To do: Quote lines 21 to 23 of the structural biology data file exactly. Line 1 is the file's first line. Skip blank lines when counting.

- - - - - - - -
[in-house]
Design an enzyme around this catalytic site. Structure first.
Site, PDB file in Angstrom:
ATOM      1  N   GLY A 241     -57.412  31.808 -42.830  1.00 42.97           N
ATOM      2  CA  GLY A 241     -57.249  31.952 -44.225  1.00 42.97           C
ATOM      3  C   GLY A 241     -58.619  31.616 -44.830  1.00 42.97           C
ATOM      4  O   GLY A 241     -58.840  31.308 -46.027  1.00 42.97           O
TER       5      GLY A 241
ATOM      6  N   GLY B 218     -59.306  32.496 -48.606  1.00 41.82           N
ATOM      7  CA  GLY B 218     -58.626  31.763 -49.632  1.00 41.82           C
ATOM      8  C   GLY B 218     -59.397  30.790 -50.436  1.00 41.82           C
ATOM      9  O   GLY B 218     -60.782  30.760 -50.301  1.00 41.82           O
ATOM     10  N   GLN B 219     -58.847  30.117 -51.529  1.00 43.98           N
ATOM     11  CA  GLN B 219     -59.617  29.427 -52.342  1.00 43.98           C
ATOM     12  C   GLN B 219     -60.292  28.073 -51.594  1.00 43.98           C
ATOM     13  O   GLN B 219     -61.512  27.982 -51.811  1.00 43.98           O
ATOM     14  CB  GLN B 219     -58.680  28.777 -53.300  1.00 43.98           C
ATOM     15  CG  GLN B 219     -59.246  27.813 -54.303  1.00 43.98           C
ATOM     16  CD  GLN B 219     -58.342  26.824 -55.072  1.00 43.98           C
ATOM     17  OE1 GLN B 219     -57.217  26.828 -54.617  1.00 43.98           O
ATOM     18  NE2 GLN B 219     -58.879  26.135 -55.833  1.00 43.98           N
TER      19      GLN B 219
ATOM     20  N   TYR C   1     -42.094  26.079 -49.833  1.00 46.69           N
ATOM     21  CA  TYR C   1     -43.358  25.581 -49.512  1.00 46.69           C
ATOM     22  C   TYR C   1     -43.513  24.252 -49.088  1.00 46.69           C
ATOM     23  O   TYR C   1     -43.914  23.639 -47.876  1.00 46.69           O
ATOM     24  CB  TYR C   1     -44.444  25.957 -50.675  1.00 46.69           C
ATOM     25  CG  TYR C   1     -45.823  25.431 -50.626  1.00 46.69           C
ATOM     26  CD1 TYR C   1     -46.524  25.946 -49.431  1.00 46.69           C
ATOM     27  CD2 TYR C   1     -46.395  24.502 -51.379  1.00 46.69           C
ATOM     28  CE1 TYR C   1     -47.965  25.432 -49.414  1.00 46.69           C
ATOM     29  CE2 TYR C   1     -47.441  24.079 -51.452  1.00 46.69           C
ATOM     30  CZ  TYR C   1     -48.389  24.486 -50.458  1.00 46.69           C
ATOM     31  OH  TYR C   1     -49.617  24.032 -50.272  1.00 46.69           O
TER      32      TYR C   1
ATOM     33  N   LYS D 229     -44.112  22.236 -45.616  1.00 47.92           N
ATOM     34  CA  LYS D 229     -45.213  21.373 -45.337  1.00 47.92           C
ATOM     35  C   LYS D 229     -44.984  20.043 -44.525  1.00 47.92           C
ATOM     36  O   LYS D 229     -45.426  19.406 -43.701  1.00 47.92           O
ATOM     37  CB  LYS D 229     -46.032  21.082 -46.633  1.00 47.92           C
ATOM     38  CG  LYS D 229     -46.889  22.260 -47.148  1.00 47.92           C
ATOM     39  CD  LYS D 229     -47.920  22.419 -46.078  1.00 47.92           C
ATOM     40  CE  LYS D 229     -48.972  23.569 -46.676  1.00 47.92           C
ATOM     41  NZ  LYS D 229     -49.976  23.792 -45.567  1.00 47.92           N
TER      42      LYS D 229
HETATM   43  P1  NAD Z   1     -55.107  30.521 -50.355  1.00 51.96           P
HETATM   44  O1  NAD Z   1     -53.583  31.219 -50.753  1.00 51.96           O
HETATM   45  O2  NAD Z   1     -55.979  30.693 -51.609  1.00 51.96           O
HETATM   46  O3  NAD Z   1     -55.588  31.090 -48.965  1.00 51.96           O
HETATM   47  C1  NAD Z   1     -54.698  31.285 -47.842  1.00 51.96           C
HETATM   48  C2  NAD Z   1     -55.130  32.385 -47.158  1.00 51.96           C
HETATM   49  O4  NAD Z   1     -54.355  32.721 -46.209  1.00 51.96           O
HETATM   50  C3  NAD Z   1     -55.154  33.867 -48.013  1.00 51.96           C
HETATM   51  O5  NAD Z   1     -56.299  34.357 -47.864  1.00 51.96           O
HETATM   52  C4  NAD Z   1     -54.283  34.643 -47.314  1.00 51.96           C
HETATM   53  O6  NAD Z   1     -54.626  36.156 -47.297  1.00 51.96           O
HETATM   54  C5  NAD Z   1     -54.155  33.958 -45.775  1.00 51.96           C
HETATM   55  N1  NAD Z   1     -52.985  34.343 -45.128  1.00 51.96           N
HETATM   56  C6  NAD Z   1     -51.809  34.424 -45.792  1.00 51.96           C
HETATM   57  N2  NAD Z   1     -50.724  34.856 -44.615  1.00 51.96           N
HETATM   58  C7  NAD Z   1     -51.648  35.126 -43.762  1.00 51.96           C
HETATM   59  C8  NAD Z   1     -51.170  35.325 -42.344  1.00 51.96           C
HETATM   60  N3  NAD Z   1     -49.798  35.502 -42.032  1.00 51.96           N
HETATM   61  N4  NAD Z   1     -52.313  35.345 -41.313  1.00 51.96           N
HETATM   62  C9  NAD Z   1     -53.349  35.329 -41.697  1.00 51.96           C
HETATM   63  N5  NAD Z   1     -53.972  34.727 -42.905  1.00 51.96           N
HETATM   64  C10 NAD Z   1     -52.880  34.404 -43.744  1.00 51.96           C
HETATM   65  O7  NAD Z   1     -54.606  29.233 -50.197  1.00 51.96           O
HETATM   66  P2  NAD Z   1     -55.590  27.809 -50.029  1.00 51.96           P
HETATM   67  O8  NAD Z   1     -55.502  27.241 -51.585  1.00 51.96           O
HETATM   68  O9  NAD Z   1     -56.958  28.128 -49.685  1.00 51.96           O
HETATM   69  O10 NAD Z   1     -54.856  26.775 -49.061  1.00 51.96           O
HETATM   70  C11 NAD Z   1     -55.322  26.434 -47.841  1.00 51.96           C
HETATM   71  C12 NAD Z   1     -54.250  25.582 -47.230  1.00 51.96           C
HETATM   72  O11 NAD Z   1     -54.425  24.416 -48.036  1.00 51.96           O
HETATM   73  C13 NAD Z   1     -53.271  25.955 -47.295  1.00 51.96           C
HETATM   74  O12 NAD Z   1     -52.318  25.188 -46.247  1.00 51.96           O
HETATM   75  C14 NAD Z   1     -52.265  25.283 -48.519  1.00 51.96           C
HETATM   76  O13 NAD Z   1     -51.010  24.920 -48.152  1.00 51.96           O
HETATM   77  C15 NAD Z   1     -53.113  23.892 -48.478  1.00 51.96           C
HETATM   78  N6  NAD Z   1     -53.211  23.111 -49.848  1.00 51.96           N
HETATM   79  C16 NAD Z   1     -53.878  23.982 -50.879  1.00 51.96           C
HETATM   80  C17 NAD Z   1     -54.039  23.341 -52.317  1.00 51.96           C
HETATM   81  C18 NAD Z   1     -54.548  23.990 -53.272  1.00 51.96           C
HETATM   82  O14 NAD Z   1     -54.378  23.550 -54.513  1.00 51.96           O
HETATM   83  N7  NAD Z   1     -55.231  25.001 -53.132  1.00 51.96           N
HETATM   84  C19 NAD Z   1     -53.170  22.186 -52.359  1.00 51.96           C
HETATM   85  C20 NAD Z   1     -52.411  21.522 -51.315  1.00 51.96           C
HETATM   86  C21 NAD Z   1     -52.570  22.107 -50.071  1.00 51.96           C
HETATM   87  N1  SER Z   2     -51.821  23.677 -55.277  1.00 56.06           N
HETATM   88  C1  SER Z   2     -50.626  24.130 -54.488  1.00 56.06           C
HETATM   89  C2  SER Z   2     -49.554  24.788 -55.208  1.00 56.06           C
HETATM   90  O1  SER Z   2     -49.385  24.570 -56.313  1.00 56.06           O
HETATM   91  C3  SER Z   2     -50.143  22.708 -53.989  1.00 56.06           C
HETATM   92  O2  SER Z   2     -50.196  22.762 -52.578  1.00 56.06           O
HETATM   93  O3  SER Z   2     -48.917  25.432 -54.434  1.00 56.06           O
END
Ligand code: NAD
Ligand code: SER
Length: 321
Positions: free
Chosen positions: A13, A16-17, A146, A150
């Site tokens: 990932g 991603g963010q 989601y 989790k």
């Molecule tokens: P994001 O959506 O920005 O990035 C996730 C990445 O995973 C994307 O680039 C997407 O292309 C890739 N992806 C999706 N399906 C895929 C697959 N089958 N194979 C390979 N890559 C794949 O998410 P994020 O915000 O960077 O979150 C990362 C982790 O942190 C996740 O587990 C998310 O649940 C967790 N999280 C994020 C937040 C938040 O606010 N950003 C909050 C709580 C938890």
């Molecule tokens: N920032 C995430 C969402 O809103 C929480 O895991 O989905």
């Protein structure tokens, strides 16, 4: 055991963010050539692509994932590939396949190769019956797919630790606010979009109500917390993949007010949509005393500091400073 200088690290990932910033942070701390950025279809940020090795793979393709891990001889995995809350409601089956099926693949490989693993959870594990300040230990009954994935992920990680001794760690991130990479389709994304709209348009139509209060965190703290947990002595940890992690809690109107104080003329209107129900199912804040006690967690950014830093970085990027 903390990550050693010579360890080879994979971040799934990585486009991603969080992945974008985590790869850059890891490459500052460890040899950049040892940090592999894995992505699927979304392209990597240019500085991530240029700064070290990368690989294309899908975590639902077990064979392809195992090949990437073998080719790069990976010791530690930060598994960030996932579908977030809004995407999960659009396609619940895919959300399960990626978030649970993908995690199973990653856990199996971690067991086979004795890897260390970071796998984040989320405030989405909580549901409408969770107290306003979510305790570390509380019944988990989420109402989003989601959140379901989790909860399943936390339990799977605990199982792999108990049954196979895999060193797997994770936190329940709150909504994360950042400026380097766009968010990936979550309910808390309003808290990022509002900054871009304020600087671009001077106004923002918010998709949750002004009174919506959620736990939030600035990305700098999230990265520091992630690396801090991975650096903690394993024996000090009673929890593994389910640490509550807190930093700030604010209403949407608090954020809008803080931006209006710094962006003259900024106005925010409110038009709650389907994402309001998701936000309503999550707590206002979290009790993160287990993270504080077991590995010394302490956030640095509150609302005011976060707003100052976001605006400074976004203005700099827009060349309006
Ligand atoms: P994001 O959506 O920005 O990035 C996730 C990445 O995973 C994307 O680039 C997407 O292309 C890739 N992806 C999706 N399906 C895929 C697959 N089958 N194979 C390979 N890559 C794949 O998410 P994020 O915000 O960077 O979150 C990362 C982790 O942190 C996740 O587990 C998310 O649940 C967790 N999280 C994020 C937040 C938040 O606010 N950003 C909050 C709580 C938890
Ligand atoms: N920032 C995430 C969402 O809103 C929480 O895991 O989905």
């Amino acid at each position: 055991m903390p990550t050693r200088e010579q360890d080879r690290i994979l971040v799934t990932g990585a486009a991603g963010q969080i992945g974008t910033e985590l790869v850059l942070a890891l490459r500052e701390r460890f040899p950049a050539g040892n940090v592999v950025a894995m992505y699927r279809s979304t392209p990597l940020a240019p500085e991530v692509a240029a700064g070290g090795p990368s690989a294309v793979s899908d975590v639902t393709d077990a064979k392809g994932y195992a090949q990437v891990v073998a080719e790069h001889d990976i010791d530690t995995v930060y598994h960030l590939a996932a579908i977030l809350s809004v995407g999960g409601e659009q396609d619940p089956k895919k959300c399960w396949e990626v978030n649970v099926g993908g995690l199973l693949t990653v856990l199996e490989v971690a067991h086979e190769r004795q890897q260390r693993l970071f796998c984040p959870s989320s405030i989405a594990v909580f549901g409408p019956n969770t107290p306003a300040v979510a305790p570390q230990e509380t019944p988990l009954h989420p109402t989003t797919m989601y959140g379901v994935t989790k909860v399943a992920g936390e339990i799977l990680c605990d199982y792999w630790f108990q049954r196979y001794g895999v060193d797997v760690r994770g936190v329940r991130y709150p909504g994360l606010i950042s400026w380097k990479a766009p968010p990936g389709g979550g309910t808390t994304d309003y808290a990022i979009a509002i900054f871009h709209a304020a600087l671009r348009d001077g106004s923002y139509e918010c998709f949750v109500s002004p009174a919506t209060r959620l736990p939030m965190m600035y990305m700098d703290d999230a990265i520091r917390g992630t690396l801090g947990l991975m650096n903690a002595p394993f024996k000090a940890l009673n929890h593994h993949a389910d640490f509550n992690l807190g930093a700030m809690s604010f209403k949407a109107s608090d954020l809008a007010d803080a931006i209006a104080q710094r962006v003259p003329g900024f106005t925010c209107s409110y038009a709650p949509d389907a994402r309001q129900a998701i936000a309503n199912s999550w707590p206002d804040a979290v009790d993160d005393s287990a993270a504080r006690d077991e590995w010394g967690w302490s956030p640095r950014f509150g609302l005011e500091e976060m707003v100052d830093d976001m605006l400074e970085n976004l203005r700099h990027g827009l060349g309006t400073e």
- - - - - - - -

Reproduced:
ATOM     18  NE2 GLN B 219     -58.879  26.135 -55.833  1.00 43.98           N
TER      19      GLN B 219
ATOM     20  N   TYR C   1     -42.094  26.079 -49.833  1.00 46.69           N